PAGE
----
In sum, it is "The judgment or decree appealed from as ultimately affected by the appeal * * * which finally measures the scope of the liability under the bond."11 A surety is presumed to undertake a bond "with the intention of binding itself to pay not only the full amount of the judgment but such part of it as the Supreme Court should hold on appeal to be recoverable."12 In Franklinville Realty Co. v. Arnold Const. Co.,13 these general principles were applied to a fact situation similar in many ways to the case before us. The first appeal in Franklinville resulted in affirmance of the lower court to the extent that it had held Arnold was entitled to enforce a contractor's lien. There was also a partial reversal and a remand for the purpose of redetermining the amount of the lien in accordance with a different construction of a clause of the contract than that adopted by the trial court. The question on the second appeal was whether the District Court had erred in holding "that the supersedeas bond on the first appeal was not released and discharged" by the partial reversal. The answer was that "the judgment on the former appeal was not a judgment of reversal but one of affirmance with a reversal limited to taking evidence and obtaining findings not upon whether appellee should have a judgment, but upon whether the judgment it had obtained should be for the same or a less sum. To abide this judgment as finally entered pursuant to the mandate, the surety remained bound."14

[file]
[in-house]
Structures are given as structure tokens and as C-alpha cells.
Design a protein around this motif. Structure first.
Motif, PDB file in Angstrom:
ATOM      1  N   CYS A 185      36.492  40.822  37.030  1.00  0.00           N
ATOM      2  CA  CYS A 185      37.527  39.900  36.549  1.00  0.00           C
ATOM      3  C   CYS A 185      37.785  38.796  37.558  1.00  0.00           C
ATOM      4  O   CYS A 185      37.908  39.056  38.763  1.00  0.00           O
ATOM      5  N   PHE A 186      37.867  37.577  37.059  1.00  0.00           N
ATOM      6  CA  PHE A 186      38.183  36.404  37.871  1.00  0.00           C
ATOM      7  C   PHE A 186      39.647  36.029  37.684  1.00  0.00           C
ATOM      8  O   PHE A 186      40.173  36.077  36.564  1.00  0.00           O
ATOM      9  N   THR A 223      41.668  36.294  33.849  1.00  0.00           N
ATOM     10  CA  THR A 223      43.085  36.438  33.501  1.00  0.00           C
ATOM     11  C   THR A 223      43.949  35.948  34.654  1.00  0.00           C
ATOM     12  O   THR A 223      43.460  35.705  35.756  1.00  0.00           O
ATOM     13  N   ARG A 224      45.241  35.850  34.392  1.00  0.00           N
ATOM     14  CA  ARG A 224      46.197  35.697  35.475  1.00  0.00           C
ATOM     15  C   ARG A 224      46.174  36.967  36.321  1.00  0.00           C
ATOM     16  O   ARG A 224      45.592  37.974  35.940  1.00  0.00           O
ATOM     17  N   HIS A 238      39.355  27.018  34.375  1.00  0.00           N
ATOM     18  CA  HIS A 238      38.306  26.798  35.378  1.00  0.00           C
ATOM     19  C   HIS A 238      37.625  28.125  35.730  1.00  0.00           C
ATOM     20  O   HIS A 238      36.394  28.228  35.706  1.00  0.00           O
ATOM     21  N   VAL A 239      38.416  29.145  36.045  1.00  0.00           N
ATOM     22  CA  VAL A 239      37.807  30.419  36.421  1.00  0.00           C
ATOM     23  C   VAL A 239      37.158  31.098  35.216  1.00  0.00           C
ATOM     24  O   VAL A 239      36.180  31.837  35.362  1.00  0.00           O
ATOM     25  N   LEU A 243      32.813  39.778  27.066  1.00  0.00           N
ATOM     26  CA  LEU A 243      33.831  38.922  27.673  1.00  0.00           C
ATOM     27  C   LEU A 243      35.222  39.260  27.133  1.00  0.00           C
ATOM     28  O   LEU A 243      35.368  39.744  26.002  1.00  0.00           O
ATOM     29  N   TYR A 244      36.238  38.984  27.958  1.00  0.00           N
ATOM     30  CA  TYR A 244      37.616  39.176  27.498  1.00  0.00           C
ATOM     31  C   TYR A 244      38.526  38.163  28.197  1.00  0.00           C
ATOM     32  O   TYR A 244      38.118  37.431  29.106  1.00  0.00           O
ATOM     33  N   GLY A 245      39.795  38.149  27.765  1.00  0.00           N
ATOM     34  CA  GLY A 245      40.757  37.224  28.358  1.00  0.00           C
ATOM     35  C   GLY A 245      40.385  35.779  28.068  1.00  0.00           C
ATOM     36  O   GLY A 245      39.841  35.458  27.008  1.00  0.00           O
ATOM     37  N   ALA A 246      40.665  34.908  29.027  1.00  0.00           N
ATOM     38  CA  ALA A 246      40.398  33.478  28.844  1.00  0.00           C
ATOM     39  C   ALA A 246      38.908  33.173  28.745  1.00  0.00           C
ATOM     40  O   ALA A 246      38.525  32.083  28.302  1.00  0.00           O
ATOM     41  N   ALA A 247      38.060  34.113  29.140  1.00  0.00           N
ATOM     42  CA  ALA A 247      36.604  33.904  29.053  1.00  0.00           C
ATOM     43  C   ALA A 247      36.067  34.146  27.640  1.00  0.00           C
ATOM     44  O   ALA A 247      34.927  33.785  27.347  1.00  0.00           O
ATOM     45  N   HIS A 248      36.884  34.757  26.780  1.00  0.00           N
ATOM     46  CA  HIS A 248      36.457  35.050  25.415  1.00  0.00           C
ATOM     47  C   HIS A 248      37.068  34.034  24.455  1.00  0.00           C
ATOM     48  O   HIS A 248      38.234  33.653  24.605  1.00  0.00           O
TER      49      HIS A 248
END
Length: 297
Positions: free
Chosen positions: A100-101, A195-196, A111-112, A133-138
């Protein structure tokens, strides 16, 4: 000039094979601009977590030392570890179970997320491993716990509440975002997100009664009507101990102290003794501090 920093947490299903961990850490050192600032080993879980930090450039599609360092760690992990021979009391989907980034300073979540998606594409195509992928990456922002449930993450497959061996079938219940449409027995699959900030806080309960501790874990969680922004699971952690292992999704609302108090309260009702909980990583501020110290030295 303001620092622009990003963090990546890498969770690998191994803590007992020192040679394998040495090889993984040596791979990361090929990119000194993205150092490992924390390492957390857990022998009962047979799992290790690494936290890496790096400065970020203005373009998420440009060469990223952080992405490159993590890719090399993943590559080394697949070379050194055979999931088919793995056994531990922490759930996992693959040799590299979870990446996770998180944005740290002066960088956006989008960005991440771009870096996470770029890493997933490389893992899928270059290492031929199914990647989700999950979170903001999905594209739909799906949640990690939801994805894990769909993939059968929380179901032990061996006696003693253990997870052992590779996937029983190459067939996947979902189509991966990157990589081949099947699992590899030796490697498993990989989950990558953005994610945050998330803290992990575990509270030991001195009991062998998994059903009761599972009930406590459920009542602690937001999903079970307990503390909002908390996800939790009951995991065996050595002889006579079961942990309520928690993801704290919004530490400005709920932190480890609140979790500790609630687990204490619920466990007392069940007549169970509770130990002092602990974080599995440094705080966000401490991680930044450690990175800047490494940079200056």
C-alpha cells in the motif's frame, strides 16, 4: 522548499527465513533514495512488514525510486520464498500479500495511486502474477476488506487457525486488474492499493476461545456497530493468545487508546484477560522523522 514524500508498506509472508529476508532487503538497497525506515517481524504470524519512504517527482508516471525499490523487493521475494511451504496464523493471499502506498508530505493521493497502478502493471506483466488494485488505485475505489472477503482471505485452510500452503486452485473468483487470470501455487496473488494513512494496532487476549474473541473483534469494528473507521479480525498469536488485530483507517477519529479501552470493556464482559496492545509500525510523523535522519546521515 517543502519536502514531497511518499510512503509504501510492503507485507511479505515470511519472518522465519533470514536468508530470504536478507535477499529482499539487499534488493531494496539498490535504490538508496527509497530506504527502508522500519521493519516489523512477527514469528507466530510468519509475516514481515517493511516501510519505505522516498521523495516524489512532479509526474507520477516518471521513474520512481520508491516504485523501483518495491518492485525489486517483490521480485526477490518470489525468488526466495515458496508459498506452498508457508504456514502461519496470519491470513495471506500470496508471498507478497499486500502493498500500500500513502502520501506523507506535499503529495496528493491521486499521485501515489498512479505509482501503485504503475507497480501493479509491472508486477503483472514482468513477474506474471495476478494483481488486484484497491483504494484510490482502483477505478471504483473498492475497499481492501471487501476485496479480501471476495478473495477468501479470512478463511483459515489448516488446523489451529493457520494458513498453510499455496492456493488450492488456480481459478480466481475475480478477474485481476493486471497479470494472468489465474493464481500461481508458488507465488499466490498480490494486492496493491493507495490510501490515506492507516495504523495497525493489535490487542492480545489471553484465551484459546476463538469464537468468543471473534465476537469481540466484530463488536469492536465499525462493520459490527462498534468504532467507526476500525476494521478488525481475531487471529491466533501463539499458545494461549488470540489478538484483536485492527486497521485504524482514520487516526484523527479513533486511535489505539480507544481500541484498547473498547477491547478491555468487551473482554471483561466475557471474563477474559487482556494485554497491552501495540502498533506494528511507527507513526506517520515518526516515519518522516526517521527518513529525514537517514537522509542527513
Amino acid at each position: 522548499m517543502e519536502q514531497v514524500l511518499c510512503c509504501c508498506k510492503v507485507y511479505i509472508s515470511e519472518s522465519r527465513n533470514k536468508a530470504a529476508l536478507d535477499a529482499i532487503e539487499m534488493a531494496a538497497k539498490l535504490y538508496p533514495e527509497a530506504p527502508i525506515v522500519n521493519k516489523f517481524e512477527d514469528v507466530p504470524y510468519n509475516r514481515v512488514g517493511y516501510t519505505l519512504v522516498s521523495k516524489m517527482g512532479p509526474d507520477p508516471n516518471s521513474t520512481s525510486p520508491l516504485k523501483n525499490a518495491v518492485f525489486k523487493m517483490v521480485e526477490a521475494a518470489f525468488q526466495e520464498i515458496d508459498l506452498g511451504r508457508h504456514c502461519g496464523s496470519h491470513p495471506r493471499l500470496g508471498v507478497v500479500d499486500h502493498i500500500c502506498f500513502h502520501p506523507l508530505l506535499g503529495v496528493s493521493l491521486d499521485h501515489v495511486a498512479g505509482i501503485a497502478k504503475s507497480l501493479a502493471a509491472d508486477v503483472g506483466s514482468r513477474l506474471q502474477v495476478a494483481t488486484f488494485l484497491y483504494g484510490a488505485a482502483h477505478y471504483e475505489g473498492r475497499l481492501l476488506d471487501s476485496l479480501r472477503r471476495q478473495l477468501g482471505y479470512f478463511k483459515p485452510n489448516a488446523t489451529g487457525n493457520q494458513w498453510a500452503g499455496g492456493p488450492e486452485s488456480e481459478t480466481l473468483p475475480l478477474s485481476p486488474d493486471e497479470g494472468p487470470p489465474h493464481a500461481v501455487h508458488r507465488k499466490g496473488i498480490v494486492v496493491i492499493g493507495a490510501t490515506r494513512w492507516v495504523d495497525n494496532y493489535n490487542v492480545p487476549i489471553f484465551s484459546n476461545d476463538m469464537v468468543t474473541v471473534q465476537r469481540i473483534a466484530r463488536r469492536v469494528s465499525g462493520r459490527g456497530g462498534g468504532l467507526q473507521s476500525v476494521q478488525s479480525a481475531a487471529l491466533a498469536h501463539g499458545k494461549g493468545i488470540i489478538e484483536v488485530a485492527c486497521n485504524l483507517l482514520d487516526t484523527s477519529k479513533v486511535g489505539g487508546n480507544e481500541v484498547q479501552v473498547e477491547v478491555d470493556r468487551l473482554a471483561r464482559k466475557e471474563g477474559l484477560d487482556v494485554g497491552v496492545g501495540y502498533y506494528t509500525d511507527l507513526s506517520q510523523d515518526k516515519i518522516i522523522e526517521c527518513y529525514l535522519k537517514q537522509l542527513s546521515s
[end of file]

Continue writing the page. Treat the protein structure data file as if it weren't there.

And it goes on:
In the case before us, appellant recovered a judgment against appellee. On appeal, a part, if not indeed the only part, of the judgment which was stayed by the bond was affirmed. The lower court's denial of the counterclaim was reversed, however, and as to that separable element alone, the judgment was reversed and the case remanded for determination by the trial court of the amount to be set off against the principal claim. If there had been no need for such an investigation as to amount, the appellate court could have affirmed subject to remittitur, in which event the surety would unquestionably have been liable. We do not think the need for evidence to determine the amount to be deducted from a principal claim should relieve either principal or surety of liability.